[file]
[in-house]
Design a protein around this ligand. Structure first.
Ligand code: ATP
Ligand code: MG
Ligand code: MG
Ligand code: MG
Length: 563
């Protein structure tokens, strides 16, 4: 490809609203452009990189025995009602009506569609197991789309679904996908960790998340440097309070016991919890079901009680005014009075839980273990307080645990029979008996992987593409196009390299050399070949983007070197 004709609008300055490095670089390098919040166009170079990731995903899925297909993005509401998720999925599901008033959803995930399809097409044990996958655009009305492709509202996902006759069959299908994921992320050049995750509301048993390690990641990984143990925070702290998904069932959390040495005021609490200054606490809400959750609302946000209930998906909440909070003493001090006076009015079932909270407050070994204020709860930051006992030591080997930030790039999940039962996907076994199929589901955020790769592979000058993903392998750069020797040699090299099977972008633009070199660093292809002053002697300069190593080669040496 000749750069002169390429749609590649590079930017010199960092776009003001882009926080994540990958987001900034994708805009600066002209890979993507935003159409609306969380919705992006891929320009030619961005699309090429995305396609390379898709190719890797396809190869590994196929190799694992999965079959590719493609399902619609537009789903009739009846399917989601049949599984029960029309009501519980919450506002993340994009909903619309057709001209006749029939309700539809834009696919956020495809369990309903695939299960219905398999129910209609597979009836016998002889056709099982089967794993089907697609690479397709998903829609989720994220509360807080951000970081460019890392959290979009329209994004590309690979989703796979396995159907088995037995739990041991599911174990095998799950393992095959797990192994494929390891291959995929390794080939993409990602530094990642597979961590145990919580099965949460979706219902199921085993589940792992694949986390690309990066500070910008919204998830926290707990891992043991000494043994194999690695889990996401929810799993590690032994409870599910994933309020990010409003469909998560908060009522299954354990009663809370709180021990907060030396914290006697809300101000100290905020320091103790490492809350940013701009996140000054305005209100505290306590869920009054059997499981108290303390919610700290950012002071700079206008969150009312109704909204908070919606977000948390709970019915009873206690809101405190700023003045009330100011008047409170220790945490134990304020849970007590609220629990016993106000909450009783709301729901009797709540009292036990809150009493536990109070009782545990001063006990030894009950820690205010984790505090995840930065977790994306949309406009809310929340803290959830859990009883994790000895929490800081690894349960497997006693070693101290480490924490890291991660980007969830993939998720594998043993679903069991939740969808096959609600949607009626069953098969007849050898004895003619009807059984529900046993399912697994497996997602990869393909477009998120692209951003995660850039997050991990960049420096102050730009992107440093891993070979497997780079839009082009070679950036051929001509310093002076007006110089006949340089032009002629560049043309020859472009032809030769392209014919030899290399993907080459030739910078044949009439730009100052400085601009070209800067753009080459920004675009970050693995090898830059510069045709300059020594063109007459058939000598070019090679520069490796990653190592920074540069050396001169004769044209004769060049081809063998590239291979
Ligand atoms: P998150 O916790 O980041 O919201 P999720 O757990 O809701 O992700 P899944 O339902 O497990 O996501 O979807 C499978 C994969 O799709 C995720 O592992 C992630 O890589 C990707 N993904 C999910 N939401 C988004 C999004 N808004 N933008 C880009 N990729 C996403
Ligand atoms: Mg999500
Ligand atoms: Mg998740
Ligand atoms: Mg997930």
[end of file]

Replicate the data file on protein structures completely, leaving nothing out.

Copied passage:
[in-house]
Design a protein around this ligand. Structure first.
Ligand code: ATP
Ligand code: MG
Ligand code: MG
Ligand code: MG
Length: 563
């Protein structure tokens, strides 16, 4: 490809609203452009990189025995009602009506569609197991789309679904996908960790998340440097309070016991919890079901009680005014009075839980273990307080645990029979008996992987593409196009390299050399070949983007070197 004709609008300055490095670089390098919040166009170079990731995903899925297909993005509401998720999925599901008033959803995930399809097409044990996958655009009305492709509202996902006759069959299908994921992320050049995750509301048993390690990641990984143990925070702290998904069932959390040495005021609490200054606490809400959750609302946000209930998906909440909070003493001090006076009015079932909270407050070994204020709860930051006992030591080997930030790039999940039962996907076994199929589901955020790769592979000058993903392998750069020797040699090299099977972008633009070199660093292809002053002697300069190593080669040496 000749750069002169390429749609590649590079930017010199960092776009003001882009926080994540990958987001900034994708805009600066002209890979993507935003159409609306969380919705992006891929320009030619961005699309090429995305396609390379898709190719890797396809190869590994196929190799694992999965079959590719493609399902619609537009789903009739009846399917989601049949599984029960029309009501519980919450506002993340994009909903619309057709001209006749029939309700539809834009696919956020495809369990309903695939299960219905398999129910209609597979009836016998002889056709099982089967794993089907697609690479397709998903829609989720994220509360807080951000970081460019890392959290979009329209994004590309690979989703796979396995159907088995037995739990041991599911174990095998799950393992095959797990192994494929390891291959995929390794080939993409990602530094990642597979961590145990919580099965949460979706219902199921085993589940792992694949986390690309990066500070910008919204998830926290707990891992043991000494043994194999690695889990996401929810799993590690032994409870599910994933309020990010409003469909998560908060009522299954354990009663809370709180021990907060030396914290006697809300101000100290905020320091103790490492809350940013701009996140000054305005209100505290306590869920009054059997499981108290303390919610700290950012002071700079206008969150009312109704909204908070919606977000948390709970019915009873206690809101405190700023003045009330100011008047409170220790945490134990304020849970007590609220629990016993106000909450009783709301729901009797709540009292036990809150009493536990109070009782545990001063006990030894009950820690205010984790505090995840930065977790994306949309406009809310929340803290959830859990009883994790000895929490800081690894349960497997006693070693101290480490924490890291991660980007969830993939998720594998043993679903069991939740969808096959609600949607009626069953098969007849050898004895003619009807059984529900046993399912697994497996997602990869393909477009998120692209951003995660850039997050991990960049420096102050730009992107440093891993070979497997780079839009082009070679950036051929001509310093002076007006110089006949340089032009002629560049043309020859472009032809030769392209014919030899290399993907080459030739910078044949009439730009100052400085601009070209800067753009080459920004675009970050693995090898830059510069045709300059020594063109007459058939000598070019090679520069490796990653190592920074540069050396001169004769044209004769060049081809063998590239291979
Ligand atoms: P998150 O916790 O980041 O919201 P999720 O757990 O809701 O992700 P899944 O339902 O497990 O996501 O979807 C499978 C994969 O799709 C995720 O592992 C992630 O890589 C990707 N993904 C999910 N939401 C988004 C999004 N808004 N933008 C880009 N990729 C996403
Ligand atoms: Mg999500
Ligand atoms: Mg998740
Ligand atoms: Mg997930």